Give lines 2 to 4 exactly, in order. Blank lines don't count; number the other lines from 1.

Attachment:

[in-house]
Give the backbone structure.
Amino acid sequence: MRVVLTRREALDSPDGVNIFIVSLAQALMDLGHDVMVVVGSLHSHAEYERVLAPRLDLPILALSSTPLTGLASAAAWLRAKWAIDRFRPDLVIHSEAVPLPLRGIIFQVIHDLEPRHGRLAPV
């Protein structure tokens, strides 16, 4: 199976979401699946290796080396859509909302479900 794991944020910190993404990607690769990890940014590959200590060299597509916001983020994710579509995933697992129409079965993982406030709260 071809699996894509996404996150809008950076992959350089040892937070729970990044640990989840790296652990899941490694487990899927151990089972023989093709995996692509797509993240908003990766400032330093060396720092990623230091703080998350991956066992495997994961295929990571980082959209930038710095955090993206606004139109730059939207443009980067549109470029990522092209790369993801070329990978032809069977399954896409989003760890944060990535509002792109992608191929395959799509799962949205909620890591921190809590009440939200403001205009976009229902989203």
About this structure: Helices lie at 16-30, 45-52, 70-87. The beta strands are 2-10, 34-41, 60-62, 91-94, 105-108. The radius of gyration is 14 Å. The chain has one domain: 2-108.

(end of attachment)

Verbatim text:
Give the backbone structure.
Amino acid sequence: MRVVLTRREALDSPDGVNIFIVSLAQALMDLGHDVMVVVGSLHSHAEYERVLAPRLDLPILALSSTPLTGLASAAAWLRAKWAIDRFRPDLVIHSEAVPLPLRGIIFQVIHDLEPRHGRLAPV
């Protein structure tokens, strides 16, 4: 199976979401699946290796080396859509909302479900 794991944020910190993404990607690769990890940014590959200590060299597509916001983020994710579509995933697992129409079965993982406030709260 071809699996894509996404996150809008950076992959350089040892937070729970990044640990989840790296652990899941490694487990899927151990089972023989093709995996692509797509993240908003990766400032330093060396720092990623230091703080998350991956066992495997994961295929990571980082959209930038710095955090993206606004139109730059939207443009980067549109470029990522092209790369993801070329990978032809069977399954896409989003760890944060990535509002792109992608191929395959799509799962949205909620890591921190809590009440939200403001205009976009229902989203």